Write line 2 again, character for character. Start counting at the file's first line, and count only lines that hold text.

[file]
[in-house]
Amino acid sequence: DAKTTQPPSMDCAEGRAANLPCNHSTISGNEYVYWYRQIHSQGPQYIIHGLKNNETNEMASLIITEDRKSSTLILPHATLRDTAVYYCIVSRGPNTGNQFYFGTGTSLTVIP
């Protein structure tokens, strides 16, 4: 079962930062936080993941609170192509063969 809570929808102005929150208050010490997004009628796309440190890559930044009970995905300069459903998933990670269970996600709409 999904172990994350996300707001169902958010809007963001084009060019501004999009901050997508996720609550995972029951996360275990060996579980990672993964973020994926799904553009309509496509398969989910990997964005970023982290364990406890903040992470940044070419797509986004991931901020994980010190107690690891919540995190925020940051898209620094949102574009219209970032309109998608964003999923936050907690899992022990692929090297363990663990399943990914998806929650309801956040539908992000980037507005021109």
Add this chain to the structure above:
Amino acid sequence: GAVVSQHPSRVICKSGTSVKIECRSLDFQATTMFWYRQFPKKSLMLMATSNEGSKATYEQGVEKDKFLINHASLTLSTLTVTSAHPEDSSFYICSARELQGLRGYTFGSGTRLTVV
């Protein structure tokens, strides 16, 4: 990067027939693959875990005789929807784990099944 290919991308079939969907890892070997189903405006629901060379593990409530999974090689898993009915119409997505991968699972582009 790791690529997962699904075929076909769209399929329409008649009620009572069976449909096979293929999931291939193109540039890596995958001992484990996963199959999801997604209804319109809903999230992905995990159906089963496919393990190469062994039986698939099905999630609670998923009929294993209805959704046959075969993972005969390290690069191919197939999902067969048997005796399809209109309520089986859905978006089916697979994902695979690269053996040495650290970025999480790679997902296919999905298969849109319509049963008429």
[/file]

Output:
Amino acid sequence: DAKTTQPPSMDCAEGRAANLPCNHSTISGNEYVYWYRQIHSQGPQYIIHGLKNNETNEMASLIITEDRKSSTLILPHATLRDTAVYYCIVSRGPNTGNQFYFGTGTSLTVIP